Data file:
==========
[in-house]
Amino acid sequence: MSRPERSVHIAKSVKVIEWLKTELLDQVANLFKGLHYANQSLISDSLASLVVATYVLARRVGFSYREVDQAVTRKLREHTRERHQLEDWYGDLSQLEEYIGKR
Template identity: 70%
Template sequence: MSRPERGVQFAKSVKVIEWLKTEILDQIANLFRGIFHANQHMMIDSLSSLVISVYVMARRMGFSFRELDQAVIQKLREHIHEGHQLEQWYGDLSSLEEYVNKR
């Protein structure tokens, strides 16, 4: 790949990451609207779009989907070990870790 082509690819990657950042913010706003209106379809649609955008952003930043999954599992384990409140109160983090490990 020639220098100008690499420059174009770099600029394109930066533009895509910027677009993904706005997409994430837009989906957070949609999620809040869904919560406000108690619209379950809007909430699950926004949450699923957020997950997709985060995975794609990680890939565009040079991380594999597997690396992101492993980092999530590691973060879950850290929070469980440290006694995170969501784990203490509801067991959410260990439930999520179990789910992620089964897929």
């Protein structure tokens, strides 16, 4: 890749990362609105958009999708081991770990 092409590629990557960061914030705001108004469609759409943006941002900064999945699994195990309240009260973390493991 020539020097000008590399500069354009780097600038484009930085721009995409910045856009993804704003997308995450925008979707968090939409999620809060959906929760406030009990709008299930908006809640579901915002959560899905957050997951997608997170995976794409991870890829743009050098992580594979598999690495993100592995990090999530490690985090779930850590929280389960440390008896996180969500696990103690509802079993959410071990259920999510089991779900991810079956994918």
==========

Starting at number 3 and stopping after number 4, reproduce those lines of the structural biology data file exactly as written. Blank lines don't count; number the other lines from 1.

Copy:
Template identity: 70%
Template sequence: MSRPERGVQFAKSVKVIEWLKTEILDQIANLFRGIFHANQHMMIDSLSSLVISVYVMARRMGFSFRELDQAVIQKLREHIHEGHQLEQWYGDLSSLEEYVNKR